In my field of work which is trying to compensate workers from the Atomic Age from exposure to toxic substances, I ran across a particular case this week and thought that this was a great story to share. I was researching information about a gentleman who shoveled up pigeon excrement and had a lung disease. This disease is actually common around the Ohio Valley area where I live. Farmers, landscapers, construction workers and people who have contact with bird or bat droppings are especially at risk for histoplasmosis.
What is histoplasmosis? This is a fungal infection that often settles in the lungs. This fungus is found in soil and is associated with pigeon and bat excrement (often called pigeon or bat dung). Did you know how potent pigeon and bat dung is? The excrement was a known factor in the demise of a bridge in Minneapolis, MN. You an read the full story here . http://www.newsweek.com/id/78344.
Pigeon excrement is highly acidic which helped in the demise of the bridge. So can exposure to pigeon excrement cause damage to humans? Yes.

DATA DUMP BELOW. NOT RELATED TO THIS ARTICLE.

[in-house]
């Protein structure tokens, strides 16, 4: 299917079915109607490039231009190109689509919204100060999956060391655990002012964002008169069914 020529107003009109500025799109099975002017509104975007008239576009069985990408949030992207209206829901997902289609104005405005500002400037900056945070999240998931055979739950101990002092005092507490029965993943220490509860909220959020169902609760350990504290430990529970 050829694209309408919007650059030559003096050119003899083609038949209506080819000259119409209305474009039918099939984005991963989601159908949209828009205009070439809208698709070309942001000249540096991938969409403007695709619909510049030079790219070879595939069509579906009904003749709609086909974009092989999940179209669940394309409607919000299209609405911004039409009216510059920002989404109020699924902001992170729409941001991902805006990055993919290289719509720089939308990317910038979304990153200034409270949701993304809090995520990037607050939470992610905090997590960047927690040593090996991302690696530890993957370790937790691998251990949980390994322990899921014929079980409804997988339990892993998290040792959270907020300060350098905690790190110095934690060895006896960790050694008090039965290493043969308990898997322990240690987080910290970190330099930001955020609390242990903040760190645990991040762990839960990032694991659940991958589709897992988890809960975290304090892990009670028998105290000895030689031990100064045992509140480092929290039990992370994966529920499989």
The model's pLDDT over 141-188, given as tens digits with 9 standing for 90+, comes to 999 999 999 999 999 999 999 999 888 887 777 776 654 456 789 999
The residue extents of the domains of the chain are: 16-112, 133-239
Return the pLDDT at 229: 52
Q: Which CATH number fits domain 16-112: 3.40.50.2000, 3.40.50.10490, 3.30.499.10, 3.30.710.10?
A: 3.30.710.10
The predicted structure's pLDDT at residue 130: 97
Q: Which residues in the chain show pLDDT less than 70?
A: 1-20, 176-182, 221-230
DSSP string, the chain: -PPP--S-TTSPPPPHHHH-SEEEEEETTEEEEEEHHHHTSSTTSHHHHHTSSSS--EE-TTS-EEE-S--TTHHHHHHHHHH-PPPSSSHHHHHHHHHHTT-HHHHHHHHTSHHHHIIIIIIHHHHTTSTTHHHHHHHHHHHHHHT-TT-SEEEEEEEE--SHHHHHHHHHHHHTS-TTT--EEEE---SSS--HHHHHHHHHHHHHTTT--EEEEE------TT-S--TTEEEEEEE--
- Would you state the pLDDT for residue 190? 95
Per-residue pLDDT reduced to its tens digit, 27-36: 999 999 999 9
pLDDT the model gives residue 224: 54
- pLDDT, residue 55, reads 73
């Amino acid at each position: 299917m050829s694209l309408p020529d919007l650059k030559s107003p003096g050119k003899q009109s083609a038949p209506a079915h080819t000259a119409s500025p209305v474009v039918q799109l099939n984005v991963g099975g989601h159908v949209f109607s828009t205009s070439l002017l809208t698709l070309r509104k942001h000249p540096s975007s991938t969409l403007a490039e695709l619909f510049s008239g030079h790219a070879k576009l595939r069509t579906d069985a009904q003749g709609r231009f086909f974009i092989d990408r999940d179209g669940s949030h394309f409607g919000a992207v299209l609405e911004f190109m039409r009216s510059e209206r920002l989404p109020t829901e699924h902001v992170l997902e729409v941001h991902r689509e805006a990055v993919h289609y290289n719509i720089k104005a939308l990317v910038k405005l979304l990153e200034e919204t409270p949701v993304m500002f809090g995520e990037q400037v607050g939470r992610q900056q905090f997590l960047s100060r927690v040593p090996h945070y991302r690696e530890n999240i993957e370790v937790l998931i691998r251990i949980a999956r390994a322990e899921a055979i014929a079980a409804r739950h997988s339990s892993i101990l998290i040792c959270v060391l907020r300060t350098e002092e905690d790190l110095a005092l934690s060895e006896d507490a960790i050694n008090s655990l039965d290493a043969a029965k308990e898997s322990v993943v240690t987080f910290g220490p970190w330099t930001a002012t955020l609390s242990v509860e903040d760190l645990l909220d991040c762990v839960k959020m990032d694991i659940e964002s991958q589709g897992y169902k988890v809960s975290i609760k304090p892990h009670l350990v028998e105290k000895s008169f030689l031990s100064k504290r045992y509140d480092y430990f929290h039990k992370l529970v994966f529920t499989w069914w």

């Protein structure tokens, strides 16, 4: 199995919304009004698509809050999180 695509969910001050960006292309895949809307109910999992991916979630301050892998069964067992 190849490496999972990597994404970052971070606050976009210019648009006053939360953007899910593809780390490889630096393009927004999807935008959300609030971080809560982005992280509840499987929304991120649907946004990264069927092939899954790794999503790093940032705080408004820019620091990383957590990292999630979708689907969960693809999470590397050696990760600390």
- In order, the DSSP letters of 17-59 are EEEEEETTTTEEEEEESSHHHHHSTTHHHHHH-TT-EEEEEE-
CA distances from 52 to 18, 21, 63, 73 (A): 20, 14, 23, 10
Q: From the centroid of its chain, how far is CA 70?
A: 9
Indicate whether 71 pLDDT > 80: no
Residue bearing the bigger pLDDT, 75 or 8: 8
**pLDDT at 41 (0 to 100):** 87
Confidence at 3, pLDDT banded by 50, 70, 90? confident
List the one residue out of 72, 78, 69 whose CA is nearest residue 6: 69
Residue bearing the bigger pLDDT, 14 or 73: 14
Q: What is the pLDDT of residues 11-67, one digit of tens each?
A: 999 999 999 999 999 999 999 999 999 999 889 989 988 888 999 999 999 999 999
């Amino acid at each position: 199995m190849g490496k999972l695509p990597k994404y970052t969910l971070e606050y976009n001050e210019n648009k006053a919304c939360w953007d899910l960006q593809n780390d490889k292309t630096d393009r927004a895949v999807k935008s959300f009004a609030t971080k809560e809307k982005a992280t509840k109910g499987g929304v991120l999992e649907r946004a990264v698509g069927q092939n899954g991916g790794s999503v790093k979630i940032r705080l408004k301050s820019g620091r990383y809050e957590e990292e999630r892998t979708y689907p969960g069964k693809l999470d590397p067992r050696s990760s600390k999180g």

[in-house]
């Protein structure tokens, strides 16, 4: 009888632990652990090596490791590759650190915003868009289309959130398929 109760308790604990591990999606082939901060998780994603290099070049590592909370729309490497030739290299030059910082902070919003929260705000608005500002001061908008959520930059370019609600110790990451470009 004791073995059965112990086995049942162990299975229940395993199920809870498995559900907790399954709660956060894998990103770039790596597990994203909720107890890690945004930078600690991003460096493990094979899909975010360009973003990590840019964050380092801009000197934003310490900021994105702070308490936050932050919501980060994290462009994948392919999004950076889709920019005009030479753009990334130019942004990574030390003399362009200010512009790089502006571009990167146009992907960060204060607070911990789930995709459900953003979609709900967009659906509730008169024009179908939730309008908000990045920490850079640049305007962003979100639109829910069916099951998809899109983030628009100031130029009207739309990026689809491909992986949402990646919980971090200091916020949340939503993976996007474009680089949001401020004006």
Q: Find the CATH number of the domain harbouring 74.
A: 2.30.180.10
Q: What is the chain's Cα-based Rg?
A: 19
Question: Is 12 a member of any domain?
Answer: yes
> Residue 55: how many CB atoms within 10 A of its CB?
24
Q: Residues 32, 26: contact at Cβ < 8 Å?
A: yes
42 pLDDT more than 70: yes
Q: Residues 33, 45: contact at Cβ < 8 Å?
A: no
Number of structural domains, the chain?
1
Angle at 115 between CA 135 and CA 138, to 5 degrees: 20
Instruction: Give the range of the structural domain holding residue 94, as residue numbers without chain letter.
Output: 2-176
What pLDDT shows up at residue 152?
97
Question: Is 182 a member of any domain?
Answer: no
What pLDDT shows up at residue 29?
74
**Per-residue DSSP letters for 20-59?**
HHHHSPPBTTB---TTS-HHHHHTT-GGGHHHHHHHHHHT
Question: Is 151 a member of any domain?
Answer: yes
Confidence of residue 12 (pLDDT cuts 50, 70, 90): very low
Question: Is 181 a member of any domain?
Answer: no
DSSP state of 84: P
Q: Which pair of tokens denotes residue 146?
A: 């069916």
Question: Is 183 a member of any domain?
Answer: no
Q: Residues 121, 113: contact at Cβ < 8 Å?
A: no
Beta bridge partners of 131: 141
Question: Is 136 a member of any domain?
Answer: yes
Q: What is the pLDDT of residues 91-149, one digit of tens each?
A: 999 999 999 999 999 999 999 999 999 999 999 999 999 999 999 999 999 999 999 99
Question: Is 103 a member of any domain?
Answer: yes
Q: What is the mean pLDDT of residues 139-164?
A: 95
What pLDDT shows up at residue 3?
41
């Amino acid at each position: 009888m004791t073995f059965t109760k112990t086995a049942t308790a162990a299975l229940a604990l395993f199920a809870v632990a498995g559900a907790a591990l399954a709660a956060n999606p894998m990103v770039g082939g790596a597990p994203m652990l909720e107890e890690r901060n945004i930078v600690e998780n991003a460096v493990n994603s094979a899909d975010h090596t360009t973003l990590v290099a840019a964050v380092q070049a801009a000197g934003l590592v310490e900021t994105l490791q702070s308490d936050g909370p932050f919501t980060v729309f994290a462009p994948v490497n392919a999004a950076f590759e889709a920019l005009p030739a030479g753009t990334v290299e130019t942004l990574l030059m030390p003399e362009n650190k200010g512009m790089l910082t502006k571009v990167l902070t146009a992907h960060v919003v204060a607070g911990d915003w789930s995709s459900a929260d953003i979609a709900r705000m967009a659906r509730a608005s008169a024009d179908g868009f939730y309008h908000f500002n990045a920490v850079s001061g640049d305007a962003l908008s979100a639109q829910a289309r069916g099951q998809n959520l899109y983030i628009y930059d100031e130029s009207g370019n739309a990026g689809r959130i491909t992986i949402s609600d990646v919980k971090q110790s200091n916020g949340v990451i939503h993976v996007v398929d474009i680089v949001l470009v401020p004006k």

According to the Center of Disease Control (CDC), symptoms depend on the type of infection:
Acute asymptomatic pulmonary (lung) histoplasmosis -- no symptoms
Acute symptomatic pulmonary histoplasmosis:
Chest pain when breathing in
Chronic pulmonary histoplasmosis:
Fever - may resemble symptoms of pulmonary tuberculosis and include coughing up blood (hemoptysis)
Shortness of breath
Other histoplasma symptoms:
Skin nodules (red lumps called erythema nodosum)
For your protection, you should minimize your exposure to pigeon and bat excrement. If you have to come in contact with it, you should wear protective equipment such as masks or self-contained breathing apparatus (SCBA).
Find out more from the Mayo Clinic here http://www.mayoclinic.com/health/histoplasmosis/DS00517.
Do you know of anyone who contacted histoplasmosis from exposure to excrement? Please share your story.
All user-generated information on this site is the opinion of its author only and is not a substitute for medical advice or treatment for any medical conditions. Members and guests are responsible for their own posts and the potential consequences of those posts detailed in our Terms of Service.